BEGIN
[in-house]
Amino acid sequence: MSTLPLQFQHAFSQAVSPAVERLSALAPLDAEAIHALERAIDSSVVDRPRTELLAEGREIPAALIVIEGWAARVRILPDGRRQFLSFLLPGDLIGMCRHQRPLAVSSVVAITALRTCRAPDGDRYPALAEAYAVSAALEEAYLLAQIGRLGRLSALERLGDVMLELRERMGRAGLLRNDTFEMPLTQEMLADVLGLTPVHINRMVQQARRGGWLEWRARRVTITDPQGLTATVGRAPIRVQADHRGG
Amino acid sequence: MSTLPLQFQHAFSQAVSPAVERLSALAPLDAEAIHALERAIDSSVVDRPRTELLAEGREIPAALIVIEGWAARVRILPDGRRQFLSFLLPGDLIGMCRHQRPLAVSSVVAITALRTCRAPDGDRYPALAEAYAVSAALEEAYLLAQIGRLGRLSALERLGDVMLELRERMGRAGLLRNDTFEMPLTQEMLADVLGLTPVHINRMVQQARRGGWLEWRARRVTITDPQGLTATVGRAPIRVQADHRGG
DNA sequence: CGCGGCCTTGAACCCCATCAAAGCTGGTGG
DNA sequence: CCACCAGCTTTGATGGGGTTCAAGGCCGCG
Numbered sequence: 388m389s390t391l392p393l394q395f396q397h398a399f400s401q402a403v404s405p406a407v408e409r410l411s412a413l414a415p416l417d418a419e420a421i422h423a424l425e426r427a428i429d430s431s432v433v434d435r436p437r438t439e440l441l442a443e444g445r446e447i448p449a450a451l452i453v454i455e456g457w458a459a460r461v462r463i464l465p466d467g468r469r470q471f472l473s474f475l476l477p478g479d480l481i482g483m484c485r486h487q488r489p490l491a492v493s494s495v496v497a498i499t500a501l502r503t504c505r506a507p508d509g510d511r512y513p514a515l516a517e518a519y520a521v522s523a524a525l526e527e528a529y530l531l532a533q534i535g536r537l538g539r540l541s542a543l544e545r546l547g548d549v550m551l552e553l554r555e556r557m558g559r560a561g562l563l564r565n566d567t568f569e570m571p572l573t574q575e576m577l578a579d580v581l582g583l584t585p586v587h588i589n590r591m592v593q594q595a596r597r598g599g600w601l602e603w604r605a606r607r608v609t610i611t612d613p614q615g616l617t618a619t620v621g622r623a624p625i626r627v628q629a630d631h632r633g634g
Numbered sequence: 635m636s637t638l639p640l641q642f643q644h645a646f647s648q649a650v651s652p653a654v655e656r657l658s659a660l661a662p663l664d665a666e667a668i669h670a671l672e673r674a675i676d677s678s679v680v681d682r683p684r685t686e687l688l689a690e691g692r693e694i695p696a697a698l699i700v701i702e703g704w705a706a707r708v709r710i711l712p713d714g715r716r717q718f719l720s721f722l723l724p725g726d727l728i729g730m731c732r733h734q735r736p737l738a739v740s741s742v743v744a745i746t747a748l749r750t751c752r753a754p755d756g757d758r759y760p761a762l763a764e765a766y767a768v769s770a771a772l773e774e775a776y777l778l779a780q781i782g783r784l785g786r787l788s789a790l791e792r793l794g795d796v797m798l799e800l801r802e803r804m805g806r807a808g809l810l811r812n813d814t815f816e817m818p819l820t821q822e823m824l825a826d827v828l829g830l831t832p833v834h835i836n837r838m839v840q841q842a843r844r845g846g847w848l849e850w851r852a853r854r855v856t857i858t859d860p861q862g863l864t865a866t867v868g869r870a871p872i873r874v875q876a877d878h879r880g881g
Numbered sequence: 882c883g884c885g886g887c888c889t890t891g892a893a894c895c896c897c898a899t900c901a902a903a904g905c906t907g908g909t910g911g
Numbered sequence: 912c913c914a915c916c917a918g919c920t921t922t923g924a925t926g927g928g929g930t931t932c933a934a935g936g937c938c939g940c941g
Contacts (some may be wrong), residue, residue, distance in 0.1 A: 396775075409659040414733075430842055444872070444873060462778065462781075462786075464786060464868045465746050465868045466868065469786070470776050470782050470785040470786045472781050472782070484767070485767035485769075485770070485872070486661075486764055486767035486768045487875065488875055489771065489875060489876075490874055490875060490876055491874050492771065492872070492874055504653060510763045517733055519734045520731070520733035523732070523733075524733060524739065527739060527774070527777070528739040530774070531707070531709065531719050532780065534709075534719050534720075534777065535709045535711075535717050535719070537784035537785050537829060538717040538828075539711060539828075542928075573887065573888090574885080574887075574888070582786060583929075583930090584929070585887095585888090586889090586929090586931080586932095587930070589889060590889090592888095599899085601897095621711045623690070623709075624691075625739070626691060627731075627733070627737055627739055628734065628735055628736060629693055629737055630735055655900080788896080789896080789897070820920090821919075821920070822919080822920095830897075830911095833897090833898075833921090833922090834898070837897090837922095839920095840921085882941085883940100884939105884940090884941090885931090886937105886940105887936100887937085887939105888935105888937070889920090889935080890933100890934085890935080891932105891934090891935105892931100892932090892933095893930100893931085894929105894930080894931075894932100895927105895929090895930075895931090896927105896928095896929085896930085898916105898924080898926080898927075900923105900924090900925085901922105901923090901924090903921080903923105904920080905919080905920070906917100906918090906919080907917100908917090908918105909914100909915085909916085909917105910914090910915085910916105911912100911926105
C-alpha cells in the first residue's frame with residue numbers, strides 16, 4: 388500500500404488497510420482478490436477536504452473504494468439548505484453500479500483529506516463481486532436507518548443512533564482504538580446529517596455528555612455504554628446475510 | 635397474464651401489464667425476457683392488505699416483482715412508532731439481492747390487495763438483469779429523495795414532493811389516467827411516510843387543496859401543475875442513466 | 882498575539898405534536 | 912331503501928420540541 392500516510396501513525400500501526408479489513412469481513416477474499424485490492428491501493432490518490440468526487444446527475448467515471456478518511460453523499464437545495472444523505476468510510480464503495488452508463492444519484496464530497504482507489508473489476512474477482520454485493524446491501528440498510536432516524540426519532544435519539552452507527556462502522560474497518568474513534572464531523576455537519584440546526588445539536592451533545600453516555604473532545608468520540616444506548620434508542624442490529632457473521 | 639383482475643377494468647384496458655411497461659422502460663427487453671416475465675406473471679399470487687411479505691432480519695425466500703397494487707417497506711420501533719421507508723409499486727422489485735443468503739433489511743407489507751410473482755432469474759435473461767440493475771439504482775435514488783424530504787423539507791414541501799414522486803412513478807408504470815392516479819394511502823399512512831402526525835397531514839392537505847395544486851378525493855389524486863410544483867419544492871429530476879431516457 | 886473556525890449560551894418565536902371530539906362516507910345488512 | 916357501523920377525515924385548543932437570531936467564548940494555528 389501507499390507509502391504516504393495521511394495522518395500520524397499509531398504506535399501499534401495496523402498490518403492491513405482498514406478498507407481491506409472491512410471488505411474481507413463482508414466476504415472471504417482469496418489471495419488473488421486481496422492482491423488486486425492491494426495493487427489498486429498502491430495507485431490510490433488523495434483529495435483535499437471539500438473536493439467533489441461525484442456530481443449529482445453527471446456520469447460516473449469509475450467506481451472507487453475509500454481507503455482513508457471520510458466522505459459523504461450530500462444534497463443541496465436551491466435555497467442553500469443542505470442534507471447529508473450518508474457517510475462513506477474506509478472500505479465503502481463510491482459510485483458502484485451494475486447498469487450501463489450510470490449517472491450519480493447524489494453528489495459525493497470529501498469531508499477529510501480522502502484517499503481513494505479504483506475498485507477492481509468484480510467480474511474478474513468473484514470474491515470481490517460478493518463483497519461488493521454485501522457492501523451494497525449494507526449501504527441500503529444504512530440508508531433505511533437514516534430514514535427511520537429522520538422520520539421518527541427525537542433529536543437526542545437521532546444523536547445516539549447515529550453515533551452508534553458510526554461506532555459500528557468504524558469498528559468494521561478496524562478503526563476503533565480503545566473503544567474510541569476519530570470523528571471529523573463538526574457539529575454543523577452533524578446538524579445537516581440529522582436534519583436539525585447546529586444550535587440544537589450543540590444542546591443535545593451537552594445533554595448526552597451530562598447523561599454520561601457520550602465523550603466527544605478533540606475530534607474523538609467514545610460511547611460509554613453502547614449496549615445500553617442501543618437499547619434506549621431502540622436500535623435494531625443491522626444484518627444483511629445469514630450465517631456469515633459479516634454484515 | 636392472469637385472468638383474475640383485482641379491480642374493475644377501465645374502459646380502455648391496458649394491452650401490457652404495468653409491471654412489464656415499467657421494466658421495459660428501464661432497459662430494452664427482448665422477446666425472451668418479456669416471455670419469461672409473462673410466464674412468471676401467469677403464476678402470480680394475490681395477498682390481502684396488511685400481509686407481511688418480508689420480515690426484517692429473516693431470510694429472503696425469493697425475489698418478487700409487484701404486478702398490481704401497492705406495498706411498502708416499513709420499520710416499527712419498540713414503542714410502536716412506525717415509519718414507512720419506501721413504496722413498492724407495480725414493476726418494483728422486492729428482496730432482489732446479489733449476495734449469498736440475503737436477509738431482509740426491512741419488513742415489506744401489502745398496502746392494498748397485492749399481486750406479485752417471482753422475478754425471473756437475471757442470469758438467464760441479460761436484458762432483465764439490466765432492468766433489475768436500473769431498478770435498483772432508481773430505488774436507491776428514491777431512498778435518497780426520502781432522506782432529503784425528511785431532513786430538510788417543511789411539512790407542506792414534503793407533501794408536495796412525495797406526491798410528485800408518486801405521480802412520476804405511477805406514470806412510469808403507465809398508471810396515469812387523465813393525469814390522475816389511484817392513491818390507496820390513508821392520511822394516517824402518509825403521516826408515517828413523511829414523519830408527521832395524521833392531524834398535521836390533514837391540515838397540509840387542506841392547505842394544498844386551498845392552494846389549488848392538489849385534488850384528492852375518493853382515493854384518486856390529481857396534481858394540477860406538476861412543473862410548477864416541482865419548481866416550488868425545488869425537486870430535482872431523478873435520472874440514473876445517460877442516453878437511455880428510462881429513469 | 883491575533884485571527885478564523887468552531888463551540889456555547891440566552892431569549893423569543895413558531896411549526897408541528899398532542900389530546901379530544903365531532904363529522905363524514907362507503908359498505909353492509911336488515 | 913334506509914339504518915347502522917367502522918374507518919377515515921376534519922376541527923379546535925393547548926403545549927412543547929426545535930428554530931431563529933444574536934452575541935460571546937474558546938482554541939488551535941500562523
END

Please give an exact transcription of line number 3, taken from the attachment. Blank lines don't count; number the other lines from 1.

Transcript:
Amino acid sequence: MSTLPLQFQHAFSQAVSPAVERLSALAPLDAEAIHALERAIDSSVVDRPRTELLAEGREIPAALIVIEGWAARVRILPDGRRQFLSFLLPGDLIGMCRHQRPLAVSSVVAITALRTCRAPDGDRYPALAEAYAVSAALEEAYLLAQIGRLGRLSALERLGDVMLELRERMGRAGLLRNDTFEMPLTQEMLADVLGLTPVHINRMVQQARRGGWLEWRARRVTITDPQGLTATVGRAPIRVQADHRGG